Williams v. State

Annotate this Case

565 S.W.2d 937 (1978)

Billy Darmon WILLIAMS, Appellant, v. The STATE of Texas, Appellee.

No. 55599.

Court of Criminal Appeals of Texas, Panel No. 2.

May 24, 1978.

Phil L. Adams, court appointed, Dallas, for appellant.

Henry Wade, Dist. Atty., Ronald D. Hinds and Jim Walker, Asst. Dist. Attys., Dallas, for the State.

Before ONION, P. J., and DALLY and VOLLERS, JJ.

OPINION

DALLY, Judge.

This is an appeal from a conviction for the offense of aggravated robbery; the punishment is imprisonment for 15 years.

The appellant was identified by an accomplice witness who testified that he and the appellant committed the robbery. The complainant, an employee at a convenience store, identified the appellant as one of the two men who robbed her of $158.00 at the store.

In his sole ground of error the appellant asserts that the trial court erred in allowing the State to bolster an unimpeached witness. The court admitted a photograph of the appellant and permitted the complainant to testify, over objection, that prior to *938 trial she had seen that photograph of the appellant and identified him as one of the men who had robbed her.

A witness who has identified a defendant at trial may testify that prior to trial he identified a photograph of the defendant, or the witness may testify that prior to trial he identified the defendant while the defendant was in custody. E. g. Lyons v. State, 388 S.W.2d 950 (Tex.Cr.App. 1965); Ward v. State, 427 S.W.2d 876 (Tex. Cr.App.1968); Frison v. State, 473 S.W.2d 479 (Tex.Cr.App.1971); Jackson v. State, 507 S.W.2d 231 (Tex.Cr.App.1974). The pretrial identification procedure must, of course, meet constitutional standards. Simmons v. United States, 390 U.S. 377, 88 S. Ct. 967, 19 L. Ed. 2d 1247 (1968); United States v. Wade, 388 U.S. 218, 87 S. Ct. 1926, 18 L. Ed. 2d 1149 (1967); Gilbert v. California, 388 U.S. 263, 87 S. Ct. 1951, 18 L. Ed. 2d 1178 (1967); Writt v. State, 541 S.W.2d 424 (Tex.Cr.App.1976); Beaupre v. State, 526 S.W.2d 811 (Tex.Cr.App.1975); Martinez v. State, 437 S.W.2d 842 (Tex.Cr.App.1969).

The appellant says that cases such as Lyons v. State, supra, and Frison v. State, supra, are not supported by precedent, are unsound, and should be overruled. The appellant's contentions are not in accord with the views expressed by Wigmore:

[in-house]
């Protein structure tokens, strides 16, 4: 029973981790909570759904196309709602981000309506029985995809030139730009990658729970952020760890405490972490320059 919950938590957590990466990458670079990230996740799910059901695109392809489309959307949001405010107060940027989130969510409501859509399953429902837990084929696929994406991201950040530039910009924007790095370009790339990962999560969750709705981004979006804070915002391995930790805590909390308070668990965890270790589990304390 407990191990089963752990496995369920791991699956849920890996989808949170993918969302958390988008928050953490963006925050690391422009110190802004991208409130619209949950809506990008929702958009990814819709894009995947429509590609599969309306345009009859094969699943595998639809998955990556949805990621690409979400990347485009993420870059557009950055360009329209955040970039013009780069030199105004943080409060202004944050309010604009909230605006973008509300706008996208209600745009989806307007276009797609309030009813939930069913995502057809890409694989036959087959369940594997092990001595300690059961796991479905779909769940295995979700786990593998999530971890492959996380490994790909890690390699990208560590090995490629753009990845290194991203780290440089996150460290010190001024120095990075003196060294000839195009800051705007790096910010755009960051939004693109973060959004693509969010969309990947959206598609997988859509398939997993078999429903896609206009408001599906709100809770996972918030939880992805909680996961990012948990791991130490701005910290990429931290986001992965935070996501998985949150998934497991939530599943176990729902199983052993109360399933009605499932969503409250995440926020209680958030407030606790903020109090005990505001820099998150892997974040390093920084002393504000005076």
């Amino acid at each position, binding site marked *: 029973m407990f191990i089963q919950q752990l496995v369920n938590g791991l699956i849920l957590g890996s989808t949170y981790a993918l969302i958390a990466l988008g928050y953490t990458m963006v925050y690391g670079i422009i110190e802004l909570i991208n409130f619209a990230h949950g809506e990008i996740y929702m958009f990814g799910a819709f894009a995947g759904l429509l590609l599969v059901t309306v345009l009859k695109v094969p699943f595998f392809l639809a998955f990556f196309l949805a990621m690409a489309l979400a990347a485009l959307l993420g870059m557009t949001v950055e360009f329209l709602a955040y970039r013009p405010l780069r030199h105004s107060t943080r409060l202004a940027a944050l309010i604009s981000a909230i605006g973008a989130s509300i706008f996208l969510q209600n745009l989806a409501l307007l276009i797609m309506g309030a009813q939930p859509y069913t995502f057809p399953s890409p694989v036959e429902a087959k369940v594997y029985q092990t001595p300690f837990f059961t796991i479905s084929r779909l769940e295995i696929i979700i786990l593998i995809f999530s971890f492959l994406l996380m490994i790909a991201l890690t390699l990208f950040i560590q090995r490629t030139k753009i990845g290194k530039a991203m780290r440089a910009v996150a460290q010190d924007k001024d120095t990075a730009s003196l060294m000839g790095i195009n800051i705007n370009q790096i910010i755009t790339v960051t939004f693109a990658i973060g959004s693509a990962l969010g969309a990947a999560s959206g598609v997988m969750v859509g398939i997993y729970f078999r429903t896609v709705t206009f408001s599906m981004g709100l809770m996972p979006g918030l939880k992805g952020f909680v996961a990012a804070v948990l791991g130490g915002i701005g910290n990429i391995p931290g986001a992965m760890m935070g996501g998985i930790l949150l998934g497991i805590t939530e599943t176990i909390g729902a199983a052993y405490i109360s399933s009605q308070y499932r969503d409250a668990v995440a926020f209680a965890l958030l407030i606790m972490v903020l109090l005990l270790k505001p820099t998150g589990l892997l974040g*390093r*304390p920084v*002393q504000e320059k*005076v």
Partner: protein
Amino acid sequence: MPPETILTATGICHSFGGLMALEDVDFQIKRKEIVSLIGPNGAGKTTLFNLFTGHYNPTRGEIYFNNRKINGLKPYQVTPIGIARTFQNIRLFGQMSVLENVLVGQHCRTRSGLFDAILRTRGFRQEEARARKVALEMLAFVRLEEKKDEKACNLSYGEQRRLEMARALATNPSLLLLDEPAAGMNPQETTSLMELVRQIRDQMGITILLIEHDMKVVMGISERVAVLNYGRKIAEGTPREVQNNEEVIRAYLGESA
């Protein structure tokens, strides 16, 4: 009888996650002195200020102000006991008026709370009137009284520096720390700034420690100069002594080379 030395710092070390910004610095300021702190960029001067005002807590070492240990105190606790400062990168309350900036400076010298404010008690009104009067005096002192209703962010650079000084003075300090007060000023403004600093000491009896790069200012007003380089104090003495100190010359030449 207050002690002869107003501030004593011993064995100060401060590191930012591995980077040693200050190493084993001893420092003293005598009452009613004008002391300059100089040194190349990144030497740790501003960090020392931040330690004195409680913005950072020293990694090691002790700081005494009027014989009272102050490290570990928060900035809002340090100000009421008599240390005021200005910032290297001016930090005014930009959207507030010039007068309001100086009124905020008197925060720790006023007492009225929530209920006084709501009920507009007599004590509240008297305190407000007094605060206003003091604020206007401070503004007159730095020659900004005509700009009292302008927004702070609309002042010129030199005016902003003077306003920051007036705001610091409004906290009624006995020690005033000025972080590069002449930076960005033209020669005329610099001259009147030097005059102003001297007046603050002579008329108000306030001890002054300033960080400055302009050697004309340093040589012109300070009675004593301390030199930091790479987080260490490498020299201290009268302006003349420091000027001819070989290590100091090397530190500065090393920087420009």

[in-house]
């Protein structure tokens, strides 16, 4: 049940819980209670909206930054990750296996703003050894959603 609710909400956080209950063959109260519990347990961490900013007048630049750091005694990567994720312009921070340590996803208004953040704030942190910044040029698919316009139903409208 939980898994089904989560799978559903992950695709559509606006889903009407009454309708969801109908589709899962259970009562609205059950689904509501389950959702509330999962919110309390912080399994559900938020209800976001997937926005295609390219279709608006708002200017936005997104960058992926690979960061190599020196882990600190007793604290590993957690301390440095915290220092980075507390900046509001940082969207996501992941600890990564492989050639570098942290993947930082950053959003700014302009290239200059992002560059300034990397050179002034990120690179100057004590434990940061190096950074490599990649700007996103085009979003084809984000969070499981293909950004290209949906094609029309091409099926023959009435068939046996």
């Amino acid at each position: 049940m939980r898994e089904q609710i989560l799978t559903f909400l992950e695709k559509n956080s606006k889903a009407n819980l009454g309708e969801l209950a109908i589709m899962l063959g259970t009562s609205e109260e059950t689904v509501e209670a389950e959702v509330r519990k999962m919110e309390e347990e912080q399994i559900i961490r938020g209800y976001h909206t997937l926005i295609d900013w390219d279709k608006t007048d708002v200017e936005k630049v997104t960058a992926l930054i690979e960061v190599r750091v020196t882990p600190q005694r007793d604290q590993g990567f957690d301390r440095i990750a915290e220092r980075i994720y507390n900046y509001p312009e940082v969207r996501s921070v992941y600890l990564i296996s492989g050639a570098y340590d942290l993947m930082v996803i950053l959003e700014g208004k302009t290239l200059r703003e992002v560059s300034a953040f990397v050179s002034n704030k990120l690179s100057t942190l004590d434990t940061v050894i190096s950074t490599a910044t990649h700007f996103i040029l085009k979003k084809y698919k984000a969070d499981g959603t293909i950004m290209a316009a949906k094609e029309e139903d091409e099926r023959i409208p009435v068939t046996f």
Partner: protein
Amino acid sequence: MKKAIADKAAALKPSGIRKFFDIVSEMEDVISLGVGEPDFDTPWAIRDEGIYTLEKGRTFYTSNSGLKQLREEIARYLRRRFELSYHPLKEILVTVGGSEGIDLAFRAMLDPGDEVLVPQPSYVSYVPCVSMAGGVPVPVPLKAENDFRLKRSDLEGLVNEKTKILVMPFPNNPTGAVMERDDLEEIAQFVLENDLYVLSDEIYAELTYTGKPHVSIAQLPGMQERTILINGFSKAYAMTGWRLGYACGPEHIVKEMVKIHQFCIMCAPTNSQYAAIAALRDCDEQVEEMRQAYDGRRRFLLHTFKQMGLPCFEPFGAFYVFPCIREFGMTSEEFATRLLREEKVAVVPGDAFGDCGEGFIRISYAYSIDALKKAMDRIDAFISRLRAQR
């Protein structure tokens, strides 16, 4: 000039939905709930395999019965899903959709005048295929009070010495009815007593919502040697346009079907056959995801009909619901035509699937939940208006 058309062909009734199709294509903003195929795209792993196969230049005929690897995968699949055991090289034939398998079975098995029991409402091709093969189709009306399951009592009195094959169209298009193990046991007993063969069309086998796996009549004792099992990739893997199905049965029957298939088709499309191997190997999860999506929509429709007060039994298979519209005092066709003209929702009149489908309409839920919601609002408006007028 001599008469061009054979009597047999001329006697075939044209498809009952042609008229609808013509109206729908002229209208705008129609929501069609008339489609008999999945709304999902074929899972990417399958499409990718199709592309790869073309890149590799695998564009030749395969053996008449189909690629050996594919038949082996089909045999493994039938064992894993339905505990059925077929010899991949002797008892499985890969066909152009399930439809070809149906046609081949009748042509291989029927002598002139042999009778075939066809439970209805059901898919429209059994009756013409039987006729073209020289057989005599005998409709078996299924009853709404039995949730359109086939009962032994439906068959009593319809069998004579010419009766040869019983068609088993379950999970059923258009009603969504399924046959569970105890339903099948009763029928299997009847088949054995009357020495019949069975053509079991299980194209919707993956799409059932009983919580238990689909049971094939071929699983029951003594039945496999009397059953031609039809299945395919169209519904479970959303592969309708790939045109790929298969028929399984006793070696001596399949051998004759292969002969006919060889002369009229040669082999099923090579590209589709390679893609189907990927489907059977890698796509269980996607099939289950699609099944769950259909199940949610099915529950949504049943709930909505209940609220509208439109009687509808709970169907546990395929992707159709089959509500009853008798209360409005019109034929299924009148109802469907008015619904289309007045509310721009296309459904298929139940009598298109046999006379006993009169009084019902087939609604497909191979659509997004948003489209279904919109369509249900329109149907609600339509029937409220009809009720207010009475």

"Ordinarily, when a witness is asked to identify the assailant, or thief, or other person who is the subject of his testimony, the witness' act of pointing out the accused (or other person), then and there in the courtroom, is of little testimonial force. After all that has intervened, it would seldom happen that the witness would not have come to believe in the person's identity. The failure to recognize would tell for the accused; but the affirmative recognition might mean little against him. (Footnote omitted.) "The psychology of the situation is practically the same as when recent contrivance is alleged. To corroborate the witness, therefore, it is entirely proper. . . to prove that at a former time, when the suggestions of others could not have intervened to create a fancied recognition in the witness' mind, he recognized and declared the present accused to be the person. If, moreover (as sometimes is done) the person was then so placed among others that all probability of suggestion (by seeing him handcuffed, for example) is still further removed, the evidence becomes stronger. The typical illustration is that of the identification of an accused person at the time of arrest. . . "This is a simple dictate of common sense, and was never doubted in orthodox practice. That some modern courts are on record for rejecting such evidence is a telling illustration of the power of a technical rule of thumb to paralyze the judicial nerves of natural reasoning. (Footnote omitted.)" (Emphasis in original.)

4 Wigmore, Evidence, Sec. 1130 (Chadbourn rev. 1972).

It is apparent that the rule of Lyons v. State, supra, which allows a witness to testify that prior to trial he identified a defendant, but which does not allow extraneous evidencesuch as the testimony of a police officerthat prior to trial the witness identified a defendant, is more restrictive than the view expressed in Wigmore.

The trial court did not err in admitting the photograph and the complainant's testimony that prior to trial she had seen that photograph and had identified the appellant as one of the men who robbed her.

The judgment is affirmed.